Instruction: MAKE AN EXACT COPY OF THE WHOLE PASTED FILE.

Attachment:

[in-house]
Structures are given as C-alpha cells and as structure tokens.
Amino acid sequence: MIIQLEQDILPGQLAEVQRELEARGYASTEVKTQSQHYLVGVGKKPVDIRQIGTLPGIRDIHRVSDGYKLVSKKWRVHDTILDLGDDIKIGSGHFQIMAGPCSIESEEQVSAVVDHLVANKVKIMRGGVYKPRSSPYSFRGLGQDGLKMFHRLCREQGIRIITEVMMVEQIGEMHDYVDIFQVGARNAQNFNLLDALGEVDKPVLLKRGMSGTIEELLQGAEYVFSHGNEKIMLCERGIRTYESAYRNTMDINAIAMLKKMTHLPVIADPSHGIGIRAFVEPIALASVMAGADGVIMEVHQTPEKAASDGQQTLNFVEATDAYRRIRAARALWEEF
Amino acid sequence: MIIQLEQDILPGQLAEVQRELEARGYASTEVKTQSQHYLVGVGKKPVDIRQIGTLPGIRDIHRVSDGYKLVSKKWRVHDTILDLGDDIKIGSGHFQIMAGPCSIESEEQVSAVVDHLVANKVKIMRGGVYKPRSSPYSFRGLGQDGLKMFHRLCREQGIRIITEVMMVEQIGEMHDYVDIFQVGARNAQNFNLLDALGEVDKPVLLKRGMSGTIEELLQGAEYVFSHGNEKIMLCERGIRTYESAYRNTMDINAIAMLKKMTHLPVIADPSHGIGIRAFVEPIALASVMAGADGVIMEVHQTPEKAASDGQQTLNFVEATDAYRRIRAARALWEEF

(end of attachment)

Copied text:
[in-house]
Structures are given as C-alpha cells and as structure tokens.
Amino acid sequence: MIIQLEQDILPGQLAEVQRELEARGYASTEVKTQSQHYLVGVGKKPVDIRQIGTLPGIRDIHRVSDGYKLVSKKWRVHDTILDLGDDIKIGSGHFQIMAGPCSIESEEQVSAVVDHLVANKVKIMRGGVYKPRSSPYSFRGLGQDGLKMFHRLCREQGIRIITEVMMVEQIGEMHDYVDIFQVGARNAQNFNLLDALGEVDKPVLLKRGMSGTIEELLQGAEYVFSHGNEKIMLCERGIRTYESAYRNTMDINAIAMLKKMTHLPVIADPSHGIGIRAFVEPIALASVMAGADGVIMEVHQTPEKAASDGQQTLNFVEATDAYRRIRAARALWEEF
Amino acid sequence: MIIQLEQDILPGQLAEVQRELEARGYASTEVKTQSQHYLVGVGKKPVDIRQIGTLPGIRDIHRVSDGYKLVSKKWRVHDTILDLGDDIKIGSGHFQIMAGPCSIESEEQVSAVVDHLVANKVKIMRGGVYKPRSSPYSFRGLGQDGLKMFHRLCREQGIRIITEVMMVEQIGEMHDYVDIFQVGARNAQNFNLLDALGEVDKPVLLKRGMSGTIEELLQGAEYVFSHGNEKIMLCERGIRTYESAYRNTMDINAIAMLKKMTHLPVIADPSHGIGIRAFVEPIALASVMAGADGVIMEVHQTPEKAASDGQQTLNFVEATDAYRRIRAARALWEEF